Scientists Develop Lipid Nanoparticles That Can Transport Drugs Past Tumor Defenses

Researchers from UT Southwestern have announced their development of nanoparticles that can help to penetrate barriers around tumors and carry gene-editing drugs to cancer cells.

Genetic Engineering

Genetic Engineering

Tumors are usually hard to get rid of as a result of solid walls around them. They protect themselves with molecular defenses as they increase in size, making it hard for drugs to penetrate.

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The nanoparticles in this study can get around the physical barriers and discharge their payload inside tumors. Essentially, they offload gene-editing drugs that specifically edit DNA inside cancer cells, block the growth of tumors, and set off the immune system.

In the study published in the journal Nature Nanotechnology, the novel nanoparticles halted the enlargement and spread of liver and ovarian tumors in mice. Scientists say these offer a better way to make the CRISPR-Cas9 gene-editing technology more effective for cancer treatment.

Challenge of gene editing

CRISPR-Cas9 gene editing has proven to offer a radical approach to the treatment of cancer in recent times. It enables scientists to edit the DNA within living cells selectively.

In spite of how promising this gene-editing tool is for fighting cancer growth, it has proven difficult to deliver a gene-altering payload inside cancer cells. This is a result of the thick molecular shields they protect themselves with.

“Although CRISPR offers a new approach for treating cancer, the technology has been severely hindered by the low efficiency of delivering payloads into tumors,” explained Dr. Daniel Siegwart, an associate biochemistry professor at UT Southwestern who led the study.

The lipid nanoparticles (LNPs) developed in this study offers a means of overcoming that delivery hurdle.

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Recruiting nanoparticles

Dr. Siegwart’s team has been exploring and developing LNPs for more than 10 years. These are tiny fatty molecule spheres that can help ferry molecular payloads into the human body. They were used in the highly successful mRNA vaccines for COVID-19.

Two years ago, Dr. Siegwart and his fellow researchers revealed how to guide nanoparticles precisely to defined tissues in the body. This had been a major obstacle to their use until then.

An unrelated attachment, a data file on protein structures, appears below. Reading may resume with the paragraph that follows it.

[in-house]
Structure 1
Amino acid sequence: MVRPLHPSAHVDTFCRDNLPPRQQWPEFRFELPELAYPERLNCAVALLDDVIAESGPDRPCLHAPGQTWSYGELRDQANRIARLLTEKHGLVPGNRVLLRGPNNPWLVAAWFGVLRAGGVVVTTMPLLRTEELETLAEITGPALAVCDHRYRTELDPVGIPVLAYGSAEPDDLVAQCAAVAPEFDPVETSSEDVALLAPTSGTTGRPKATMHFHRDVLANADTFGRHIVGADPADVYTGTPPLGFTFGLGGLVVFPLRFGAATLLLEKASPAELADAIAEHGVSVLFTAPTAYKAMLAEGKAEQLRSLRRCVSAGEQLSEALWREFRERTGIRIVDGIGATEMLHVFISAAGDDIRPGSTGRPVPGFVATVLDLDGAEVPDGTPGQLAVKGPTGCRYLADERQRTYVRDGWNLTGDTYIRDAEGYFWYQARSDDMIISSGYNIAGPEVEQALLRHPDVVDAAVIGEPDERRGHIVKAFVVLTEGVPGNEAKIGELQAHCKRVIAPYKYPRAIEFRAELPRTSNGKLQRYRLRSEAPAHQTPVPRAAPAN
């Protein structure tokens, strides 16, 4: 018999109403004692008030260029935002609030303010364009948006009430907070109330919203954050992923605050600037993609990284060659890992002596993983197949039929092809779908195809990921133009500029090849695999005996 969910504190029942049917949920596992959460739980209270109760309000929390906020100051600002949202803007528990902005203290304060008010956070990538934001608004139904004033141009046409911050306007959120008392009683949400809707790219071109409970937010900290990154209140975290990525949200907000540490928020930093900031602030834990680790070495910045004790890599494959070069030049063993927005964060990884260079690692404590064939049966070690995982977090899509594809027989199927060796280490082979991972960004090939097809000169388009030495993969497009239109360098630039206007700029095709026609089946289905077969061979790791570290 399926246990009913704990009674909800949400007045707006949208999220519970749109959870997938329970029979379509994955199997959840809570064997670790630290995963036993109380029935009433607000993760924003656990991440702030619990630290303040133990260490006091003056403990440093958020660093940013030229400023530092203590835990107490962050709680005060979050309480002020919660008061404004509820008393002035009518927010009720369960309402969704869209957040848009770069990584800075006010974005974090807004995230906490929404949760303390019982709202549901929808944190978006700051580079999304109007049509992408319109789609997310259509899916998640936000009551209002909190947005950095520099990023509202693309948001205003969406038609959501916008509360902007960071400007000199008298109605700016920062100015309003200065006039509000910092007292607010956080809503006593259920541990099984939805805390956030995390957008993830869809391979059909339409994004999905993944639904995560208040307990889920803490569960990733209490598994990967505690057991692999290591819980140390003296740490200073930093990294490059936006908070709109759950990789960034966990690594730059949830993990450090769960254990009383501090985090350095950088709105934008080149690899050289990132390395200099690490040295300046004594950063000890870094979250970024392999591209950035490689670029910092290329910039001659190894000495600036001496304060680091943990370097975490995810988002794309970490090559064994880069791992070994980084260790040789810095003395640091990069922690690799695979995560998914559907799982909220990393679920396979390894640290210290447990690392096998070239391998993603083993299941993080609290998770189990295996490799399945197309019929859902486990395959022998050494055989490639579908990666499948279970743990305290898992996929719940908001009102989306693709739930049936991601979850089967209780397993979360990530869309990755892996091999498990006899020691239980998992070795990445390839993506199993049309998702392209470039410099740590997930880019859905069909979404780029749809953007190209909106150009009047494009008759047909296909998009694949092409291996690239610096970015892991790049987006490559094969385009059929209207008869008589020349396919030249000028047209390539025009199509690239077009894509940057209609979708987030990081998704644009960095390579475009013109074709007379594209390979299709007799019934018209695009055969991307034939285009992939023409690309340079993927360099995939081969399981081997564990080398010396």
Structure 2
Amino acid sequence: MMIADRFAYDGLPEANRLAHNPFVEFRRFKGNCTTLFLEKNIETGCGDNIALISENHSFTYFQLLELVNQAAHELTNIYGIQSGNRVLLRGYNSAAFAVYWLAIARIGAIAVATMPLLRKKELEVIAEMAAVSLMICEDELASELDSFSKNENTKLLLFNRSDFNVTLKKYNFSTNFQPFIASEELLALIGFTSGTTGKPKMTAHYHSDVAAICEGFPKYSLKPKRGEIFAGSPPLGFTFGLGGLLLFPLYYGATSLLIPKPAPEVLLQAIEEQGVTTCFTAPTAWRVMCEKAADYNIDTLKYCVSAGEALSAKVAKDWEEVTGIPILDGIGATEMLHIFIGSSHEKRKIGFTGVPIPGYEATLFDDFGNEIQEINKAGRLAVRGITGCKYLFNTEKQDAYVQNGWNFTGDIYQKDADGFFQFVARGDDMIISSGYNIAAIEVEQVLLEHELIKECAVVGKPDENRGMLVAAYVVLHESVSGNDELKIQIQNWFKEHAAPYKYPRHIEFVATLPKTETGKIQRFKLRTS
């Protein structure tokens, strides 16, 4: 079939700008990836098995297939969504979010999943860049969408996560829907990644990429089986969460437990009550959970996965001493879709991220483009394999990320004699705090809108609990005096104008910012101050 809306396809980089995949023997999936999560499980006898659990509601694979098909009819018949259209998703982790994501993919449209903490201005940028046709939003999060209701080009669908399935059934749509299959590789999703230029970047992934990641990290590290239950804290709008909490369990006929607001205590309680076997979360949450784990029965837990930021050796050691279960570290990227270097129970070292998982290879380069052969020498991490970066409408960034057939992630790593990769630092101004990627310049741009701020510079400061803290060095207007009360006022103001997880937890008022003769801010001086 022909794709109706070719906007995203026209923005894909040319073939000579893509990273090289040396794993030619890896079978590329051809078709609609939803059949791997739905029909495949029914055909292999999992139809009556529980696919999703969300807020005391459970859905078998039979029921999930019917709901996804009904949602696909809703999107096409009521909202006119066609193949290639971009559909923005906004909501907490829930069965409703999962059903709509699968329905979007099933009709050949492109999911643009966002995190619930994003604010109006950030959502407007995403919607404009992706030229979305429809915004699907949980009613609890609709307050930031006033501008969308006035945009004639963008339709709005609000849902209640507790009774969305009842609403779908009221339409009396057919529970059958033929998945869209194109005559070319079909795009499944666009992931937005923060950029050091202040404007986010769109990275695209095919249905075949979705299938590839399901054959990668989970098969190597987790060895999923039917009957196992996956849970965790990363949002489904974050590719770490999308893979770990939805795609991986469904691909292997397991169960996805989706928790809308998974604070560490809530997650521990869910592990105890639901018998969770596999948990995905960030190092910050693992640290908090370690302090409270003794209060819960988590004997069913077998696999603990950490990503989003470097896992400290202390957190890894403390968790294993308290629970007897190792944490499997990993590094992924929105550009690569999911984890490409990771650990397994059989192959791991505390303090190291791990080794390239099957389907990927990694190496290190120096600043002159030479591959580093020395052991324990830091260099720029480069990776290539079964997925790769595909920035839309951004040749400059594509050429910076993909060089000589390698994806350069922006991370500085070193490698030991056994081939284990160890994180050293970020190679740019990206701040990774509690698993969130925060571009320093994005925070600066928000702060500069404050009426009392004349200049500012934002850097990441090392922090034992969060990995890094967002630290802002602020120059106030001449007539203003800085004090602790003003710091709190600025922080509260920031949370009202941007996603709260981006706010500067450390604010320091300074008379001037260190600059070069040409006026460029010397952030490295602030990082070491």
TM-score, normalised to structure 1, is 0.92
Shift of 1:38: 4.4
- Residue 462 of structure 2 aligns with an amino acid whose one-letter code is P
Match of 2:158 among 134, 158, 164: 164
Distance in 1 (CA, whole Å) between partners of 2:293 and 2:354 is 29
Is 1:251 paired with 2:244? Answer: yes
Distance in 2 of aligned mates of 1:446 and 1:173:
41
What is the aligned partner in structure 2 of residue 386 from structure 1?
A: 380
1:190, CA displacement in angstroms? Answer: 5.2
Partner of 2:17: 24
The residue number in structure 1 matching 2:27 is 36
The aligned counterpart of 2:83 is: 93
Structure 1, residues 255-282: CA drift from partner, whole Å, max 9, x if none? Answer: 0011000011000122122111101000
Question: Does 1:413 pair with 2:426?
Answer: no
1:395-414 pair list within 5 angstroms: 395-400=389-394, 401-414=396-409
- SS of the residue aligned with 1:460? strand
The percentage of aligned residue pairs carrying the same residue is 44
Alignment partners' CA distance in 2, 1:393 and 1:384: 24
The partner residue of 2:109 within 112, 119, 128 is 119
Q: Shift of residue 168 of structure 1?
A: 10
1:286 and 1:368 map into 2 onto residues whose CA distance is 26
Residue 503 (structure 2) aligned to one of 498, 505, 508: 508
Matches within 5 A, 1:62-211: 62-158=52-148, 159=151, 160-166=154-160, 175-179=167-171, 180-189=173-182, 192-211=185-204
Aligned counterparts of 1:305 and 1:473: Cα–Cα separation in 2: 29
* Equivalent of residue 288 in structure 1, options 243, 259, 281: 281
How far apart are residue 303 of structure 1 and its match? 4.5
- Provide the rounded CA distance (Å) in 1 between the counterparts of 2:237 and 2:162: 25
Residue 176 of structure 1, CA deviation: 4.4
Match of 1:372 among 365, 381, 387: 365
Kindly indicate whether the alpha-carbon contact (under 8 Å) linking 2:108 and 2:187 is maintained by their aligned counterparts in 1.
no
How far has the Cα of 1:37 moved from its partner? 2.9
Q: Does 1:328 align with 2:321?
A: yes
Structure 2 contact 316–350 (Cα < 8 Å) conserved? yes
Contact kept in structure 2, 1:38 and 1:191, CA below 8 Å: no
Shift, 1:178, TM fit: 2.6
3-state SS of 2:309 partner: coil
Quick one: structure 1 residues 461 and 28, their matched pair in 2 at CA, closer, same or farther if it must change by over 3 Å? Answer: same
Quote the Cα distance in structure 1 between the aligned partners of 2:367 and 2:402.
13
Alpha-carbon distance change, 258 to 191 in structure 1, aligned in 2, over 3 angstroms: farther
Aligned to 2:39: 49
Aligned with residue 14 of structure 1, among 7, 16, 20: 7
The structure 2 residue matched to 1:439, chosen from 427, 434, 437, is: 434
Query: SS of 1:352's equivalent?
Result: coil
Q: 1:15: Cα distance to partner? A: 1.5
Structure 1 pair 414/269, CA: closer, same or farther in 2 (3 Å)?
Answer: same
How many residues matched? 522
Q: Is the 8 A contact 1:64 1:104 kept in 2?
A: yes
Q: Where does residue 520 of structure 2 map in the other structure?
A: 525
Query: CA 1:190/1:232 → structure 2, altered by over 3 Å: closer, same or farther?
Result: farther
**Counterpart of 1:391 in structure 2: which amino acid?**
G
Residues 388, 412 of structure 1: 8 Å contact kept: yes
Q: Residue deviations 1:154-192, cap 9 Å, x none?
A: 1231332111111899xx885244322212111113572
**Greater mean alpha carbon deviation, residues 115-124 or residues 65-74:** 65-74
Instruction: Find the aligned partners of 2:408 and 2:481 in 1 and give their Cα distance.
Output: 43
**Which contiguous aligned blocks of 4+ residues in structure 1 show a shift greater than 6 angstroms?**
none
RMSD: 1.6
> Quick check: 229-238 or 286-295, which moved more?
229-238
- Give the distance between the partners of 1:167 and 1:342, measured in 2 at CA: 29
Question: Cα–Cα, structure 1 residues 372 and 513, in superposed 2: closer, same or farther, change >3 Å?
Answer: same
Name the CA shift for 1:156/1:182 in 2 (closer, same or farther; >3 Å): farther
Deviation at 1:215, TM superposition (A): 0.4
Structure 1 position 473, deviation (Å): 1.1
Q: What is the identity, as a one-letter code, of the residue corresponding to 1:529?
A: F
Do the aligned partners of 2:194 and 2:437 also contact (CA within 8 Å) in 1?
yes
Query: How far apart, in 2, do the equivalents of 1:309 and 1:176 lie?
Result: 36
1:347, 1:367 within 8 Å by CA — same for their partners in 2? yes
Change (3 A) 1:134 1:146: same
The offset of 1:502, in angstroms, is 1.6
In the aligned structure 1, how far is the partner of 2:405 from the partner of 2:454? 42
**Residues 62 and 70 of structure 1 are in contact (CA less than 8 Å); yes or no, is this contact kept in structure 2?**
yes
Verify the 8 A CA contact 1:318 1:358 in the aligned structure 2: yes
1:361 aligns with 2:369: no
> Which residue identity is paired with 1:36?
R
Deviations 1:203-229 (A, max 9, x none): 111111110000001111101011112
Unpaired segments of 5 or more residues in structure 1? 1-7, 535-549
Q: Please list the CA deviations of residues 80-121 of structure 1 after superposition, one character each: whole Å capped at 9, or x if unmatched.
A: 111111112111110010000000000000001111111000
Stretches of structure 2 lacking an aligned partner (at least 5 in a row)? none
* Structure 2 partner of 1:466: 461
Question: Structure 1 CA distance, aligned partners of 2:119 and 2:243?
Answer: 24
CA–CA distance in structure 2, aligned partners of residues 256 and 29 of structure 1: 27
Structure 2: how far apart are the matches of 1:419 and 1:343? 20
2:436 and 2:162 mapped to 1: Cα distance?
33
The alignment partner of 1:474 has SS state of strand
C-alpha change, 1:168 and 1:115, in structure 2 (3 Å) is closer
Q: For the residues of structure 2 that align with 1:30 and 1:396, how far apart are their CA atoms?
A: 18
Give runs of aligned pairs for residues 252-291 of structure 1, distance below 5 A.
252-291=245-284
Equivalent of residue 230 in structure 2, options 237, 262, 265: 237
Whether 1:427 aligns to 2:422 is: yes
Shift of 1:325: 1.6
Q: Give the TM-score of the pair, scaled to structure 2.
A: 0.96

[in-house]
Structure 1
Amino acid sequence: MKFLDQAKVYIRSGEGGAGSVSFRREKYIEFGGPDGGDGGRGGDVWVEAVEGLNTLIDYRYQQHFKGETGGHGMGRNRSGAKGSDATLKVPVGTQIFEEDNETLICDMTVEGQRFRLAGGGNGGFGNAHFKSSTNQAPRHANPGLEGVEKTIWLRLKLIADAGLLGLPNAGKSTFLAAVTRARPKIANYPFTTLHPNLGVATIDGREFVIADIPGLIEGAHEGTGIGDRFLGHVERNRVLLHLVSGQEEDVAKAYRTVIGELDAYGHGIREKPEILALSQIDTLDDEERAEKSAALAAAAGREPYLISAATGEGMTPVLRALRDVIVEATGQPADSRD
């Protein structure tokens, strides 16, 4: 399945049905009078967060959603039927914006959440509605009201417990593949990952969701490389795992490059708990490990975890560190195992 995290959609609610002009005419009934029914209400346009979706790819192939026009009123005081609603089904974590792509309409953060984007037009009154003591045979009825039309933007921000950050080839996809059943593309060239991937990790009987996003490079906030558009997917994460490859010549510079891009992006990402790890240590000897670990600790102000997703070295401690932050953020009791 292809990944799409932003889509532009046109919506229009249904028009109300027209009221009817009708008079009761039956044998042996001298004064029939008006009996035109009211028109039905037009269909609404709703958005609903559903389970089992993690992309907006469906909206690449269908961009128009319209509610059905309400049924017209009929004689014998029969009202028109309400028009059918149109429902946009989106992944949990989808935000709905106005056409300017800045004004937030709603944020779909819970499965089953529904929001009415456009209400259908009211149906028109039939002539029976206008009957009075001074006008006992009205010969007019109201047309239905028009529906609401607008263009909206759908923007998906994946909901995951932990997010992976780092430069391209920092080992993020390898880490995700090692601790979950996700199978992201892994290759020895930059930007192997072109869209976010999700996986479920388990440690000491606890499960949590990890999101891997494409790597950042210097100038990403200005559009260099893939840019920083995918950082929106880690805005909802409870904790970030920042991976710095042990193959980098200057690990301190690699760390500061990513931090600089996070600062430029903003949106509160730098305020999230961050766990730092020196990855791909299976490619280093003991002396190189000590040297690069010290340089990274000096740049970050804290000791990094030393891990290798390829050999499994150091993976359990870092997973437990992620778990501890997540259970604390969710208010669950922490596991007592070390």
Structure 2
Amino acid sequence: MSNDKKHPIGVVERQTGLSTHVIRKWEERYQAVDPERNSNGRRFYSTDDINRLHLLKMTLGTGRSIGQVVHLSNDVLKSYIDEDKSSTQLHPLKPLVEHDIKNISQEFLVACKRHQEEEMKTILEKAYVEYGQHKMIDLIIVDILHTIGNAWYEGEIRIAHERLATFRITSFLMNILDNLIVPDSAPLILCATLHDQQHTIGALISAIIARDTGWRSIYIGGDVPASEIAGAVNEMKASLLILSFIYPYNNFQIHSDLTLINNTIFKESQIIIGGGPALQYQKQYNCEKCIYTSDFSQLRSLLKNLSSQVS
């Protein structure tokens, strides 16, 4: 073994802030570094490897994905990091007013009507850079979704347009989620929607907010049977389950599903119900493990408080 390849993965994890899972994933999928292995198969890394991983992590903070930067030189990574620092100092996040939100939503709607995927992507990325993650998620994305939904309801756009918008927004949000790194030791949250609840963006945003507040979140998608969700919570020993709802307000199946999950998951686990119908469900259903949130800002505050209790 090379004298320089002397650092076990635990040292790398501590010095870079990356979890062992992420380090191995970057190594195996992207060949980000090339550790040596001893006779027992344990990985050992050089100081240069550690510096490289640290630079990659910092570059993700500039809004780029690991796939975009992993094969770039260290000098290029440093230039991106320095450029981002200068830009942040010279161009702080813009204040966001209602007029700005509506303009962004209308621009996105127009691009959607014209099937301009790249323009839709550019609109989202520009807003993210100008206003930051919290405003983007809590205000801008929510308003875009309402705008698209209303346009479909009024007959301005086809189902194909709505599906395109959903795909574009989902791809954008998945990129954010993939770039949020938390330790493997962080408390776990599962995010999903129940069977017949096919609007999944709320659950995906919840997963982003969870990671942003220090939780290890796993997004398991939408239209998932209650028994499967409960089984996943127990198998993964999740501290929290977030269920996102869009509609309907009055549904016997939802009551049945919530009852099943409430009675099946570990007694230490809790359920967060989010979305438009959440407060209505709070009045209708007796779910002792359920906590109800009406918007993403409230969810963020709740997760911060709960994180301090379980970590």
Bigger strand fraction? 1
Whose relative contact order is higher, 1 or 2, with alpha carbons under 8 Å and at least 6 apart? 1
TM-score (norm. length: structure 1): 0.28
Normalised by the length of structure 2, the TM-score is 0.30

Researchers in this current study designed nanoparticles that would go to the liver. They attached to them short interfering RNA (siRNA) that could switch off the gene called focal adhesion kinase (FAK), which is critical for supporting molecular defenses that protect tumors.

“Targeting FAK not only weakens the barricade around tumors and makes it easier for the nanoparticles themselves to make their way into the tumor, but also paves the way to allow immune cells in,” said Dr. Di Zhang, who is the study’s first author.

The research team put CRISPR-Cas9 inside the novel nanoparticles to target the gene PD-L1. Research has shown that impeding this gene can enable the immune system to deal with some cancer cells. In many cancer forms, the gene is used to drive elevated PD-L1 protein levels and, thus, block the immune system from fighting tumors.

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The engineered LNPs were tested in ovarian and liver cancer models in mice. Researchers found that siRNA made tumors more penetrable than usual. As a result, many more nanoparticles found their way to cancer cells to edit the PD-L1 gene.

Results showed that the sizes of tumors in mice that received the modified LNPs reduced to roughly one-eighth of those in mice treated with just placebo nanoparticles. Treated animals lived around two times as long, on average, as more immune cells made their way into tumors.

“After the worldwide success of the COVID-19 LNP vaccines, we are all wondering what else LNPs can do,” Dr. Siegwart said. “Here, we developed new LNPs capable of delivering multiple kinds of generic drugs simultaneously to improve therapeutic outcomes in cancer.”

The Harold C. Simmons Comprehensive Cancer Center member added that LNPs offer a great promise for the treatment of diverse disorders.

However, the team stated that more research is necessary to demonstrate the LNPs’ safety and effectiveness for different tumor types.

Read Also: CRISPR Prevents Liver Disease In Mice Before Birth


Enhancing CRISPR/Cas gene editing through modulating cellular mechanical properties for cancer therapy



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